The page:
Gerrit Knaap interviewed for Baltimore Sun story on the Purple Line

Ricardo Velis doesn’t have a car, so he spends an hour and a half commuting each way on two buses between his home in Montgomery County and work in Prince George’s County. It’s a less than 30-minute drive, but he said one of the Montgomery County buses stops 20 times.
Velis, a 31-year-old construction worker, is one of the many in Maryland’s Washington suburbs eagerly awaiting the Purple Line, a 16-mile, east-west light rail line between Bethesda and New Carrollton, connecting to two MARC and four Washington Metro lines.
“We need more connections,” he said. “The bus is very slow.”
Decades in the making, the 21-station rail line is about 40% built. A 100-foot hole has been dug for elevator shafts in Bethesda. Utility and steam line relocation is underway along University Boulevard and on the University of Maryland, College Park campus. Bridges for the elevated sections of the mostly street-level rail line have begun rising in Chevy Chase, Silver Spring and Riverdale Park.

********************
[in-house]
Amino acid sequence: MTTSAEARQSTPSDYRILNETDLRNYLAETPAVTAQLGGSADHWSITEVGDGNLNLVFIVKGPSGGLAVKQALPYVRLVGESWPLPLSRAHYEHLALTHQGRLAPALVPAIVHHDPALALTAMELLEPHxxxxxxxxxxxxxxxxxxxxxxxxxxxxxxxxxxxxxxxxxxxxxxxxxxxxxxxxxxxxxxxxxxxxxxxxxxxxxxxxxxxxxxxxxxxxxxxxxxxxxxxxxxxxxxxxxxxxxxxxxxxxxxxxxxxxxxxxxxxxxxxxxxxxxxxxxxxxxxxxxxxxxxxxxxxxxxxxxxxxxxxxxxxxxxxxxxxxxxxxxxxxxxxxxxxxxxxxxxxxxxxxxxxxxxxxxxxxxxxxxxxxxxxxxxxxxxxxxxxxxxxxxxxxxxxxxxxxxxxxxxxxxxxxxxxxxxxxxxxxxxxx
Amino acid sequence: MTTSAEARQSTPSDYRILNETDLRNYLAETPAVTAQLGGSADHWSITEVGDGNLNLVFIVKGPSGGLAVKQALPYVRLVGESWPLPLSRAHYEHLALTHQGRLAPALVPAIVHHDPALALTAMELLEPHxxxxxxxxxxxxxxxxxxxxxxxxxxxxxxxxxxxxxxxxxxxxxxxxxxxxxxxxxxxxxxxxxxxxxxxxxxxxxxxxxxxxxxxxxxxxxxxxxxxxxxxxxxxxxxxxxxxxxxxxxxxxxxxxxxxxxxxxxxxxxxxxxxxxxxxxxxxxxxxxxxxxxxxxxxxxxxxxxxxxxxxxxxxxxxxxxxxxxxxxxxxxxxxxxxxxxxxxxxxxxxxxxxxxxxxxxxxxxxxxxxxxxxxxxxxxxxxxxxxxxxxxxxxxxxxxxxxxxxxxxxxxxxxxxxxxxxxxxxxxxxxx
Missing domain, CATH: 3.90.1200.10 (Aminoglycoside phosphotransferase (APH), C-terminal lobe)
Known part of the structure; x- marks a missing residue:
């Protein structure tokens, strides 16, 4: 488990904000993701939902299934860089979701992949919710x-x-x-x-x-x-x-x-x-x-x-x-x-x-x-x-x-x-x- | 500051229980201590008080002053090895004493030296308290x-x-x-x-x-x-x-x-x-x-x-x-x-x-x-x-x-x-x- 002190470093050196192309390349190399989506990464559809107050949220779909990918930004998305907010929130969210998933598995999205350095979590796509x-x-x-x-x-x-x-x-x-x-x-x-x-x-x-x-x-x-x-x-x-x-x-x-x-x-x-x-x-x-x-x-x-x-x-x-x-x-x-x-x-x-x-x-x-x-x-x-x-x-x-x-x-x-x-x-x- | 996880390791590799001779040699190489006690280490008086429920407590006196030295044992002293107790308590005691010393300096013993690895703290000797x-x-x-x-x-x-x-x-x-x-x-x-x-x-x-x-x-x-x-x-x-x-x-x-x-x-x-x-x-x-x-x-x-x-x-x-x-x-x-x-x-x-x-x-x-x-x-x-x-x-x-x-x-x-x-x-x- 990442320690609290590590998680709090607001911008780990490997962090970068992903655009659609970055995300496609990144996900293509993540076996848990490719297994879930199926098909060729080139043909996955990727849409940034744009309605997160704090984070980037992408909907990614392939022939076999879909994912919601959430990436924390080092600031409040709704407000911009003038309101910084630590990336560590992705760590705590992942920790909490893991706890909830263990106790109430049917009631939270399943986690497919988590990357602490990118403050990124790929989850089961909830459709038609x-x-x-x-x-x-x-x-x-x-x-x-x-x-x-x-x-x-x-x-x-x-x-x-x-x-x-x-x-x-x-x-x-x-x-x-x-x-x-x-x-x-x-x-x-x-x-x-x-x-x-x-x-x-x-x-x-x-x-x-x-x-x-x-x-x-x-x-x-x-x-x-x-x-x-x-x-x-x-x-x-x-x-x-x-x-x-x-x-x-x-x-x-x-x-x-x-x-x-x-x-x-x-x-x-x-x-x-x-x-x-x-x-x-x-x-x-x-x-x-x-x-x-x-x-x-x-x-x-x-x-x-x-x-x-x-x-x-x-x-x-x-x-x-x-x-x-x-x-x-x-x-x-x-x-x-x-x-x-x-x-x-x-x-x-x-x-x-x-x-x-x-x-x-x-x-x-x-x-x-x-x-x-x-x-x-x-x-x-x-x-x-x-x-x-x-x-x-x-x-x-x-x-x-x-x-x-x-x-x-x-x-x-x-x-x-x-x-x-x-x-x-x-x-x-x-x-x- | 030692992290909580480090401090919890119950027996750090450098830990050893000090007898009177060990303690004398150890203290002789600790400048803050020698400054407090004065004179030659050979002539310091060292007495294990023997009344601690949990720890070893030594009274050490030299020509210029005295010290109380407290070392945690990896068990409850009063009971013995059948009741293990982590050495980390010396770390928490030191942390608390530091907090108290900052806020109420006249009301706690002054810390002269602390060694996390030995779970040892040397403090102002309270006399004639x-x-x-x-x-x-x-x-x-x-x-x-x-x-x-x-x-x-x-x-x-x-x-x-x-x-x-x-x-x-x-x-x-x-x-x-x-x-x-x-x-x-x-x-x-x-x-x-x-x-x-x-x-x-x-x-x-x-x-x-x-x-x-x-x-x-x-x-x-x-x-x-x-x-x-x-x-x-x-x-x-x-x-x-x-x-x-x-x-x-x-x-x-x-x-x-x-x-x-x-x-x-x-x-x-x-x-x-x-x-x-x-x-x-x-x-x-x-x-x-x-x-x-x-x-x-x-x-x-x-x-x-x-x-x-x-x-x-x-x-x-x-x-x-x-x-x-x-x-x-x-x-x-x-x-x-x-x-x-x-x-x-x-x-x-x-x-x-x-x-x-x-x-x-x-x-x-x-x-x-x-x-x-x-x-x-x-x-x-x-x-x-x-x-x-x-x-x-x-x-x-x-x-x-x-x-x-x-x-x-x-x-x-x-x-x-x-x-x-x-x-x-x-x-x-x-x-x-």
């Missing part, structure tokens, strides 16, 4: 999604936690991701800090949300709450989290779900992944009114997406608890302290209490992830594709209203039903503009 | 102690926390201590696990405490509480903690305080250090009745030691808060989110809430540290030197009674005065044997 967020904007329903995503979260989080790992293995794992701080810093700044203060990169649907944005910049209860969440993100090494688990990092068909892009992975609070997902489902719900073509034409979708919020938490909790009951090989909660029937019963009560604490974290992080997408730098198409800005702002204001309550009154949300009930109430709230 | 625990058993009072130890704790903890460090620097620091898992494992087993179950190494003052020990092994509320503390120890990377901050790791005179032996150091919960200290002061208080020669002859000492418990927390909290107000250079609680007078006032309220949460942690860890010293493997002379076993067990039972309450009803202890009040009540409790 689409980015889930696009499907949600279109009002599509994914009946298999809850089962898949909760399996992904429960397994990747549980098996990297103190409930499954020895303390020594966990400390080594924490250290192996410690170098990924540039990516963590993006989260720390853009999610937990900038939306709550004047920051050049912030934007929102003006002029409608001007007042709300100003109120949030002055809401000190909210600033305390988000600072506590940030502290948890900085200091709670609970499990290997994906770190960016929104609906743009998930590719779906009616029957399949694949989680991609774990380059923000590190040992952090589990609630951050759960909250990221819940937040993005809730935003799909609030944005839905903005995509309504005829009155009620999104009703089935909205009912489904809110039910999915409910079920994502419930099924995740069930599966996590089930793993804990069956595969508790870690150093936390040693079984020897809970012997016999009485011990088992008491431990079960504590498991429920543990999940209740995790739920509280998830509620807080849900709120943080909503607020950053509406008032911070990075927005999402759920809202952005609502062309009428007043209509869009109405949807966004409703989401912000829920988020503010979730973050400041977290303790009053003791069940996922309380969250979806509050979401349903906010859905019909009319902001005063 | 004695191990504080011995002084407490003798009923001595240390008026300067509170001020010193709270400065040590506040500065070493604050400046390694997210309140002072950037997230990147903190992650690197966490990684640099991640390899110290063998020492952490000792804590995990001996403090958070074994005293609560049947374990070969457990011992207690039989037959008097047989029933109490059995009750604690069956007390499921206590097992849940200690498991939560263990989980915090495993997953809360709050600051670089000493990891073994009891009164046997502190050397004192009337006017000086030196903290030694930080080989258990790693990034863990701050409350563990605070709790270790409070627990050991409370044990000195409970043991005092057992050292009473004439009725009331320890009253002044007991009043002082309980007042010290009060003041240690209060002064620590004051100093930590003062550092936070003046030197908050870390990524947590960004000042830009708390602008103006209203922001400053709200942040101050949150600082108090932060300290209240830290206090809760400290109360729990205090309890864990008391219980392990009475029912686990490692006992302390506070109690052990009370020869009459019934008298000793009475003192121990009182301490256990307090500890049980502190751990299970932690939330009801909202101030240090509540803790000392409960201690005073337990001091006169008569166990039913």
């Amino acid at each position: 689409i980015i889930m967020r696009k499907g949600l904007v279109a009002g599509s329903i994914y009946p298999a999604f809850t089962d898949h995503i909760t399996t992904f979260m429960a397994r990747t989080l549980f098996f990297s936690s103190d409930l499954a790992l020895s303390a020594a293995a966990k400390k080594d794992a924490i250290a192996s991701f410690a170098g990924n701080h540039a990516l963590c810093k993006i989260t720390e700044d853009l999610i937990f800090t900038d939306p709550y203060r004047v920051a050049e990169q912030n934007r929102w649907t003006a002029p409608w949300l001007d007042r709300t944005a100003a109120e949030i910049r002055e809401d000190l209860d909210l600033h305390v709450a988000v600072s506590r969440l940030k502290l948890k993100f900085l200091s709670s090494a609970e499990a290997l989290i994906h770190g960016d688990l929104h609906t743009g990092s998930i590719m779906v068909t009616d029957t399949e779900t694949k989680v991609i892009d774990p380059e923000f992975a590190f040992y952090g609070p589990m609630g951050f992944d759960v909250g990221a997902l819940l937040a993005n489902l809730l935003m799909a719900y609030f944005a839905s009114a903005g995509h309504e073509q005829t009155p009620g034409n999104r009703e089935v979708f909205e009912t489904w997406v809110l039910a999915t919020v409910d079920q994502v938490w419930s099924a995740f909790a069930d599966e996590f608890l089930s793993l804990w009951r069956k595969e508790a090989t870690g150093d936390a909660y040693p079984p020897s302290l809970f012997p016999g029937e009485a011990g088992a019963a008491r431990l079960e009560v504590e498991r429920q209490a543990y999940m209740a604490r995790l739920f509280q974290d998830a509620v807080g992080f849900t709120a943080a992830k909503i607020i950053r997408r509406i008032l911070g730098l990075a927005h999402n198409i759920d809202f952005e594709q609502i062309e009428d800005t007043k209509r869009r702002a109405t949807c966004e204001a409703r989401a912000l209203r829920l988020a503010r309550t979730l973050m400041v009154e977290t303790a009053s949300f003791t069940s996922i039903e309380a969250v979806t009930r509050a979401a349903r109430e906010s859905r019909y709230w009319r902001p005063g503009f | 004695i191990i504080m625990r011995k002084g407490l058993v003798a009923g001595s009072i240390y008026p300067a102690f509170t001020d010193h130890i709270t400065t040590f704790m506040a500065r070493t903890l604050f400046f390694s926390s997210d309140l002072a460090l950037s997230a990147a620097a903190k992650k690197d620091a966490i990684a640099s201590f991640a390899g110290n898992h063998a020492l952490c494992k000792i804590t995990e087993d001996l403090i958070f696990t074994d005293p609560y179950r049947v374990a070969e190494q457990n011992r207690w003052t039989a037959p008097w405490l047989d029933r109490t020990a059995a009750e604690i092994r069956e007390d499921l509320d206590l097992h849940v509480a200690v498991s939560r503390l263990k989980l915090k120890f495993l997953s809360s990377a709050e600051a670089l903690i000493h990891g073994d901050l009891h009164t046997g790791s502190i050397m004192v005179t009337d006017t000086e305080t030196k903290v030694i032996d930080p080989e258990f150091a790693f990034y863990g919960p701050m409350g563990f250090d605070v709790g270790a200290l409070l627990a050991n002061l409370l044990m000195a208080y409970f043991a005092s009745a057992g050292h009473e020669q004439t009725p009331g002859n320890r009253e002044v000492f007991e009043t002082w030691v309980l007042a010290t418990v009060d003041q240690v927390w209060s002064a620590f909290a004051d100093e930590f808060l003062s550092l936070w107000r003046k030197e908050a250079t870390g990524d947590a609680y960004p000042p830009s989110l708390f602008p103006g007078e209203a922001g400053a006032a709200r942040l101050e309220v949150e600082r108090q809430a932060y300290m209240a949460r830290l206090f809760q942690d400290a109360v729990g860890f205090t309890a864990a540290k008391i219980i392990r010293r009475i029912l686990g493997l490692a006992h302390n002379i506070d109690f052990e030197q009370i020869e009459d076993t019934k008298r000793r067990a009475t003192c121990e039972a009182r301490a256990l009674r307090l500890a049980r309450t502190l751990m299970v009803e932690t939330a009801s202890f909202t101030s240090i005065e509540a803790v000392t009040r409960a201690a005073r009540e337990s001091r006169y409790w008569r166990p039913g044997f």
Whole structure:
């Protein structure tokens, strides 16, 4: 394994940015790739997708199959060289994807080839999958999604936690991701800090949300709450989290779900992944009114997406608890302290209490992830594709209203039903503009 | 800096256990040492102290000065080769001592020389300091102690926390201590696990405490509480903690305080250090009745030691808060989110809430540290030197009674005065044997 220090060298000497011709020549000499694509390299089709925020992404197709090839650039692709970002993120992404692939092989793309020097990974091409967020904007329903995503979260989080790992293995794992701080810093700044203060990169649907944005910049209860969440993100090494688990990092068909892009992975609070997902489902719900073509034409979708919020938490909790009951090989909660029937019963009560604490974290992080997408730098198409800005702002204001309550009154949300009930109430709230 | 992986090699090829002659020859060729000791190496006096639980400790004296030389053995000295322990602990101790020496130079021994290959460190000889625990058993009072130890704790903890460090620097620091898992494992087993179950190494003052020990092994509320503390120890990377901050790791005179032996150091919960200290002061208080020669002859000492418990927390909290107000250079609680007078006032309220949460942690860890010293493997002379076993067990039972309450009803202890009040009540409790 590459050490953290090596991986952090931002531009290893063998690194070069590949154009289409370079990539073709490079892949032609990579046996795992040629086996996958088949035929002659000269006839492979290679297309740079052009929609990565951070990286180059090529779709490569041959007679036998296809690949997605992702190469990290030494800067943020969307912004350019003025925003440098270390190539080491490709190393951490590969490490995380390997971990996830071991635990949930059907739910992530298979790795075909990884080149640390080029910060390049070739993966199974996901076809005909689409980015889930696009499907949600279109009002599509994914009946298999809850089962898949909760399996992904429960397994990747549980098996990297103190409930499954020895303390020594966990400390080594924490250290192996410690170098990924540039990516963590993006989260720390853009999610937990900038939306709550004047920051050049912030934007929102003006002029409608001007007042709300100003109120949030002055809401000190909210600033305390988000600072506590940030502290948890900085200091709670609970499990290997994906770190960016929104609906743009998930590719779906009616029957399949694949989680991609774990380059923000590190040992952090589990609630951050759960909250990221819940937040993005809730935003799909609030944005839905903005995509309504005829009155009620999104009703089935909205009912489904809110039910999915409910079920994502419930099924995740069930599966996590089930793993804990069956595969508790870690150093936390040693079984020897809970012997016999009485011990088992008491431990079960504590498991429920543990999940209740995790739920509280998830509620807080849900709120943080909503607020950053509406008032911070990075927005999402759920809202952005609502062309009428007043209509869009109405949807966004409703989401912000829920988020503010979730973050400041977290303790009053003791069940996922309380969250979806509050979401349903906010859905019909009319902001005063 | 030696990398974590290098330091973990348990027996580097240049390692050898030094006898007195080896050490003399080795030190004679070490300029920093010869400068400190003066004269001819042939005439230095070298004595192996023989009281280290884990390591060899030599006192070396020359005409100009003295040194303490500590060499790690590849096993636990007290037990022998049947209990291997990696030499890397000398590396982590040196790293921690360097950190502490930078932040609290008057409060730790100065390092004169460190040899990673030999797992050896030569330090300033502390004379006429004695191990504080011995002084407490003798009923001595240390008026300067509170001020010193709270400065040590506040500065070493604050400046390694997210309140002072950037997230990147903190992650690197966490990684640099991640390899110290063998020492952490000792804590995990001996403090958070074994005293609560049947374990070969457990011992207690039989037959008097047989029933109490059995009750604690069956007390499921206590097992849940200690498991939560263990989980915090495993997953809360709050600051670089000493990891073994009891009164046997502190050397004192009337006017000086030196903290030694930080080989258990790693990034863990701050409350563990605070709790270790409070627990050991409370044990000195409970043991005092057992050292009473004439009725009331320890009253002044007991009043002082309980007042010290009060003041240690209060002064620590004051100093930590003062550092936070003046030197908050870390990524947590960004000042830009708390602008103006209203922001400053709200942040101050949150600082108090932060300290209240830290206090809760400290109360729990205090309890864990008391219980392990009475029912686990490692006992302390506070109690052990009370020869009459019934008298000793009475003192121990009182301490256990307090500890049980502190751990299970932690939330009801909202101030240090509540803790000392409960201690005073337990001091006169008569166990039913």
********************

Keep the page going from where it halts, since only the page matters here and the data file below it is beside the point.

The Purple Line Corridor Coalition laid out goals for affordable housing, economic development, small business preservation, workforce development and other initiatives along the route, including art and cultural preservation, in 2017.
“We’re trying to prepare the corridor, which at one time seemed really urgent,” said Gerrit Knaap, who established the coalition as director of the National Center for Smart Growth Research and Education at the University of Maryland. “It seems a little less urgent now, but we still think it’s important.”

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